The widespread use of lime to treat acidity has the potential to decrease the residual value of added Zn fertiliser and to require revised Zn fertiliser practices in SWWA. The effect of soil pH and other soil properties on the residual value of fertiliser Zn in unlimed soils has been studied in SWWA and the rate of decline in the residual value (RV) of Zn was reasonably well predicted by 3 soil properties: soil p[H.sub.Ca], %clay, and %organic carbon (Brennan and Gartrell 1990). However, the effect of CaC[O.sub.3]-induced increases in soil pH on Zn forms and availability has not been investigated. We used a Zn deficient acidic sand collected in SWWA and added either no calcium carbonate or amounts of calcium carbonate to produce soils with pH values 4.9, 5.8, and 7.4. For each of the 3 soils we incubated 5 amounts of Zn for 4 different periods of time (0-180 days) before growing wheat; it was possible to determine the residual value of the incubated Zn treatments for producing dried wheat shoots relative to the effectiveness of freshly applied Zn to produce the shoots. The concentration of Zn in the dried shoots was measured, and the Zn content in the dried shoots (Zn concentration multiplied by yield of dried shoots) was also used to calculate the residual value of the incubated Zn treatments. We measured Zn concentration in young tissue (apex and the youngest emerged leaf) and in the rest of the shoots to determine critical tissue test value, which was the Zn concentration in the 2 tissue samples that was related to 90% of the maximum yield of dried whole wheat shoots. Just before sowing wheat, we collected soil samples from all treatments to measure DTPA-extractable Zn, and the soil test values were also used to calculate the residual value of the incubated Zn treatments. The soil test values were related to yields of dried wheat shoots and critical soil test Zn, the soil test value that was related to 90% of the maximum yield of dried shoots, was determined.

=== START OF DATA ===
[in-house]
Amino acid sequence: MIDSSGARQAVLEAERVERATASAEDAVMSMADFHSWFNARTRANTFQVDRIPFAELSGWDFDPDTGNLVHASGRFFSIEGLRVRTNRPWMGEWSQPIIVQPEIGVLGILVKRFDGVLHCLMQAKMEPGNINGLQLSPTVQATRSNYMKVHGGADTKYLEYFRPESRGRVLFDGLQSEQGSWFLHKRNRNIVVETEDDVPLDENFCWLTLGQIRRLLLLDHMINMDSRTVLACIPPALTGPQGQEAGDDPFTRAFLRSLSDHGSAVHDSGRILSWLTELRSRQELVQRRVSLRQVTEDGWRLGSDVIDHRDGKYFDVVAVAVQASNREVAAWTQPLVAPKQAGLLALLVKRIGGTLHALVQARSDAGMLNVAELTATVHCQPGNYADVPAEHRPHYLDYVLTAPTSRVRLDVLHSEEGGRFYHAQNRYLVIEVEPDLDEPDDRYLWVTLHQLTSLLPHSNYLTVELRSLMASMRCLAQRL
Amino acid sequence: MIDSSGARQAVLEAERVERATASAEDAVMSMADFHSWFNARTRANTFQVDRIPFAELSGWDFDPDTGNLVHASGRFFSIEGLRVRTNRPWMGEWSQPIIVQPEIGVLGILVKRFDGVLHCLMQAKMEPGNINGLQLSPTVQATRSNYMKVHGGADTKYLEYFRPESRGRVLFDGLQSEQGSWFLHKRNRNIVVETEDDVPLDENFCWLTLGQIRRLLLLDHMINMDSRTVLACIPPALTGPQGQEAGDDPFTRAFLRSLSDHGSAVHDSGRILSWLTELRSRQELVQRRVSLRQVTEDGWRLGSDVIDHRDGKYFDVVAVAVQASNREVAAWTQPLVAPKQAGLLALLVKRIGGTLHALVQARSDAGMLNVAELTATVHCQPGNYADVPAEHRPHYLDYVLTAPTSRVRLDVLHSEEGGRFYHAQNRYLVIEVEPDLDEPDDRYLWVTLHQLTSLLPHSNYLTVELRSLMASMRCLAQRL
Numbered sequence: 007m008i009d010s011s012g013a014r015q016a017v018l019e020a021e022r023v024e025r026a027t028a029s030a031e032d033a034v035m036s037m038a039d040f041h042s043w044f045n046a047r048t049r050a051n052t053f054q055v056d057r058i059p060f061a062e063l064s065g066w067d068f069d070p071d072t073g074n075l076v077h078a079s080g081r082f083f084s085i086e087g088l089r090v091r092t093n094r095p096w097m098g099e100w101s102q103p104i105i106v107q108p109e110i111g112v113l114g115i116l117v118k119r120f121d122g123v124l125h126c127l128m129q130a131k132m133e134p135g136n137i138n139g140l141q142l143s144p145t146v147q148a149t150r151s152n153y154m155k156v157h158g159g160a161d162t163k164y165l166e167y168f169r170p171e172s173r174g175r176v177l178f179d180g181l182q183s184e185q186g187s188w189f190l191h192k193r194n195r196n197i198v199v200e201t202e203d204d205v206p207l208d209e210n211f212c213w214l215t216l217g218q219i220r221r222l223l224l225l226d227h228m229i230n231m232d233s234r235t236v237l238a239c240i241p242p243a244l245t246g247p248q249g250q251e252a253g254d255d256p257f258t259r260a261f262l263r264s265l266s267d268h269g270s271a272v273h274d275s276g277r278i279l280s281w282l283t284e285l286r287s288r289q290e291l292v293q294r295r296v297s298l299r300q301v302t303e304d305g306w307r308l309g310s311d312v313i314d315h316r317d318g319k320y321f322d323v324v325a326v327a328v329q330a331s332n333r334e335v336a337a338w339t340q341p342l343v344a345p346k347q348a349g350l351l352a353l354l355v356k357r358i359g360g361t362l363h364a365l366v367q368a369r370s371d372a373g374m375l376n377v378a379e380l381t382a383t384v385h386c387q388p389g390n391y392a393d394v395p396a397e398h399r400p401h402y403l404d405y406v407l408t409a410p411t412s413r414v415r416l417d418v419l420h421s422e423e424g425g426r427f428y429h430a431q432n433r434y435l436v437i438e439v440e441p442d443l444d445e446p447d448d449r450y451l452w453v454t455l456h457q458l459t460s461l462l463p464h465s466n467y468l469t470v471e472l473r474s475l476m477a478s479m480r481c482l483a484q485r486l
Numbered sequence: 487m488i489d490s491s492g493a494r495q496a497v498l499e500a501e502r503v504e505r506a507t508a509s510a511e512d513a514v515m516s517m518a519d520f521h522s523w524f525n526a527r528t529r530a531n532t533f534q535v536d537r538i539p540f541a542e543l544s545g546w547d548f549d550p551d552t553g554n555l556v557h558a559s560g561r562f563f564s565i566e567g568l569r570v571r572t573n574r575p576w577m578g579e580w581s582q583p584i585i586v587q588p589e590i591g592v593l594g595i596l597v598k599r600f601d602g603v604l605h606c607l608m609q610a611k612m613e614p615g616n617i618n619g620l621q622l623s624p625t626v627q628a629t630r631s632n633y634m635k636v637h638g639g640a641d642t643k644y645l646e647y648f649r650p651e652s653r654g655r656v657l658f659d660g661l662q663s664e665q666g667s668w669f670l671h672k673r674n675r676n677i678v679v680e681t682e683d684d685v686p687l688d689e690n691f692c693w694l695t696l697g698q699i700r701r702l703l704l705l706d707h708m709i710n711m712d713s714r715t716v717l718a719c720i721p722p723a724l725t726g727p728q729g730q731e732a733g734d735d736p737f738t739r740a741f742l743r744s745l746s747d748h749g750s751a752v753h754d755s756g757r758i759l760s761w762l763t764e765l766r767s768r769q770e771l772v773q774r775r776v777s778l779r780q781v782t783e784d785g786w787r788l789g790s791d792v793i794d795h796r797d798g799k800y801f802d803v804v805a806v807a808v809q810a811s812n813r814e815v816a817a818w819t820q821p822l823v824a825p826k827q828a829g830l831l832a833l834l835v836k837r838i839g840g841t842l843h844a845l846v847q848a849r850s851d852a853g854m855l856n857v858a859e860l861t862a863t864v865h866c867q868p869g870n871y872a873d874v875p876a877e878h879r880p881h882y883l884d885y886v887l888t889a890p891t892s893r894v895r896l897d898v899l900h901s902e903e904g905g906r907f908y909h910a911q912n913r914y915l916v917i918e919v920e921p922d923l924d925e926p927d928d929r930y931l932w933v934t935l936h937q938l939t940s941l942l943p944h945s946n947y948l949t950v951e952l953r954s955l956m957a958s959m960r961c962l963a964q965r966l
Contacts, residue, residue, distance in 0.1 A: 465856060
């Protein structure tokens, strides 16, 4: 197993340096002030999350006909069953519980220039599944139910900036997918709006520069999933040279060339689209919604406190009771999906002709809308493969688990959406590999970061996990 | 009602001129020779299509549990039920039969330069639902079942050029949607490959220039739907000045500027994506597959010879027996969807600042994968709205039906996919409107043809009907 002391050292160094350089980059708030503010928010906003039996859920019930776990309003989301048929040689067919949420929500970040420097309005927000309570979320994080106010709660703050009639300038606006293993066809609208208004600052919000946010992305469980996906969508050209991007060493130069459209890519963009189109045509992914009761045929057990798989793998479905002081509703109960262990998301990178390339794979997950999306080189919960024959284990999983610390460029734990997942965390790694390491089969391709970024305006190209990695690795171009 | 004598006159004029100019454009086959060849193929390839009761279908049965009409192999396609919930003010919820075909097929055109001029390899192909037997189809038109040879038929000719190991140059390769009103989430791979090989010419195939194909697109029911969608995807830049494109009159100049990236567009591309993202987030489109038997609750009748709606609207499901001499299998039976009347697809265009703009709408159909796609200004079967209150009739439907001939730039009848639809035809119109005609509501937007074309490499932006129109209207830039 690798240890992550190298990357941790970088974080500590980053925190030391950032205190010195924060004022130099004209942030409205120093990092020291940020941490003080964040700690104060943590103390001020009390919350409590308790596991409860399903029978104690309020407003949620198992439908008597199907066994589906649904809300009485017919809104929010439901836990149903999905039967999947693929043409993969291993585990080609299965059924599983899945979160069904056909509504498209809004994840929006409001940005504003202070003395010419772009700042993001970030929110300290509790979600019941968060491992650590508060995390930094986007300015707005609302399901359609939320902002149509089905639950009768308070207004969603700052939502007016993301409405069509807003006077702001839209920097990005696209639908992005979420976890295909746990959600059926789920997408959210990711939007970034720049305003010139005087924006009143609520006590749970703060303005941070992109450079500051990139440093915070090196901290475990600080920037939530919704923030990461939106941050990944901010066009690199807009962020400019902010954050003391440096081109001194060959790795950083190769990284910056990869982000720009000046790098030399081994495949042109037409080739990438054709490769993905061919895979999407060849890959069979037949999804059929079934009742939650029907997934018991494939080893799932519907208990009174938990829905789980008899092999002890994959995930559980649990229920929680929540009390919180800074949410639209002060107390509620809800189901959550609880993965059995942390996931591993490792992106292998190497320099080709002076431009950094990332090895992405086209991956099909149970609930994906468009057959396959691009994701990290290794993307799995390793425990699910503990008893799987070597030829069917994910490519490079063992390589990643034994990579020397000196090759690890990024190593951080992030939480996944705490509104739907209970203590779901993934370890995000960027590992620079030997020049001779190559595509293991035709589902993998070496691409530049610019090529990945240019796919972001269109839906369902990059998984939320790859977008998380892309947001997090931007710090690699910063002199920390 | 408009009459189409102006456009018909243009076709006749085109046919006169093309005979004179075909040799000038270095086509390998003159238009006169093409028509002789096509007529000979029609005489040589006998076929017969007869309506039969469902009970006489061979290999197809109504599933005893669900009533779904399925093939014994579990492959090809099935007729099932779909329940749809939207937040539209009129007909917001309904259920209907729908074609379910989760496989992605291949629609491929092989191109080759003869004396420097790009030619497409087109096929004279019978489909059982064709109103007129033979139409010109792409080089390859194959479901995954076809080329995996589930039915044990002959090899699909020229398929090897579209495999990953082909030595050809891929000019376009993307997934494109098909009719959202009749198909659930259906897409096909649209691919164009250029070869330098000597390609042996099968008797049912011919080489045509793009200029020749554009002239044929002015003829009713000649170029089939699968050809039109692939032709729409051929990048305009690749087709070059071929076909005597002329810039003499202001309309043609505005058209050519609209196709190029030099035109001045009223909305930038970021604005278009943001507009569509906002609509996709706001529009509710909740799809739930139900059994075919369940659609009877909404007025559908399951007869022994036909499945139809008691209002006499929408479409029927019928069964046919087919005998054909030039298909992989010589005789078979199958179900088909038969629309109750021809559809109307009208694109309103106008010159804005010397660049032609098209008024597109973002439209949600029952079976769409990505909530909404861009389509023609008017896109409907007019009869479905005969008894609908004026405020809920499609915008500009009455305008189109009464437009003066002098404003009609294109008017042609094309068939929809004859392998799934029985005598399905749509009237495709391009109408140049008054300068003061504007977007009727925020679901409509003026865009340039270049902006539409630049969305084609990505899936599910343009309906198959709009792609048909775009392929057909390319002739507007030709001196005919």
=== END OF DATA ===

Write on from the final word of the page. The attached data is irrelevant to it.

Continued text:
Materials and methods

Soil

An acidic sand known to be deficient in Zn for wheat production was used for the experiment. The soil was collected from a site that contained remnants of native vegetation and had not been fertilised for agriculture. The <4 mm fraction of the top 0.10 m of the soil was used. The collection site for the soil was South Stirlings (34[degrees]35'S, 118[degrees]14'E), about 60 km north-east of Albany (35[degrees]S, 117[degrees]52'E), SWWA. The soil was a brown loamy fine sand, known locally as Waychinicup sand (Bettenay and Poutsma 1962). Further soil classifications, and some properties of the soil, are listed in Table 1.